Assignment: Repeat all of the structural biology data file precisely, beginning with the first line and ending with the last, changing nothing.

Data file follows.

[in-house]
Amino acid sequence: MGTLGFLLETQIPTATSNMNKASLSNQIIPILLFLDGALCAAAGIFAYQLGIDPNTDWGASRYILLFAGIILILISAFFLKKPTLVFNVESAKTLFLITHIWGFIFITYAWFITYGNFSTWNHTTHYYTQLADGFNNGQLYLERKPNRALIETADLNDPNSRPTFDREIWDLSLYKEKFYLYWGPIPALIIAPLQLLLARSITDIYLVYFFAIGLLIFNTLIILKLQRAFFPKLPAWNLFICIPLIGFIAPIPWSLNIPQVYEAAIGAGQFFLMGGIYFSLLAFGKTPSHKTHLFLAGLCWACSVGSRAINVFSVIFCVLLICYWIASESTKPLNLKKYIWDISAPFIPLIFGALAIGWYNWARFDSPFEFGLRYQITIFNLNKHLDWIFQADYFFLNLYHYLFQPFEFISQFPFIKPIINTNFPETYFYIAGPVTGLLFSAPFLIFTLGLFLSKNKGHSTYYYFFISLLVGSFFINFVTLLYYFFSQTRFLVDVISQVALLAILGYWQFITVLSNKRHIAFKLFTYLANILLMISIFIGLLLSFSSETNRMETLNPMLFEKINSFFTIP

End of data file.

[in-house]
Amino acid sequence: MGTLGFLLETQIPTATSNMNKASLSNQIIPILLFLDGALCAAAGIFAYQLGIDPNTDWGASRYILLFAGIILILISAFFLKKPTLVFNVESAKTLFLITHIWGFIFITYAWFITYGNFSTWNHTTHYYTQLADGFNNGQLYLERKPNRALIETADLNDPNSRPTFDREIWDLSLYKEKFYLYWGPIPALIIAPLQLLLARSITDIYLVYFFAIGLLIFNTLIILKLQRAFFPKLPAWNLFICIPLIGFIAPIPWSLNIPQVYEAAIGAGQFFLMGGIYFSLLAFGKTPSHKTHLFLAGLCWACSVGSRAINVFSVIFCVLLICYWIASESTKPLNLKKYIWDISAPFIPLIFGALAIGWYNWARFDSPFEFGLRYQITIFNLNKHLDWIFQADYFFLNLYHYLFQPFEFISQFPFIKPIINTNFPETYFYIAGPVTGLLFSAPFLIFTLGLFLSKNKGHSTYYYFFISLLVGSFFINFVTLLYYFFSQTRFLVDVISQVALLAILGYWQFITVLSNKRHIAFKLFTYLANILLMISIFIGLLLSFSSETNRMETLNPMLFEKINSFFTIP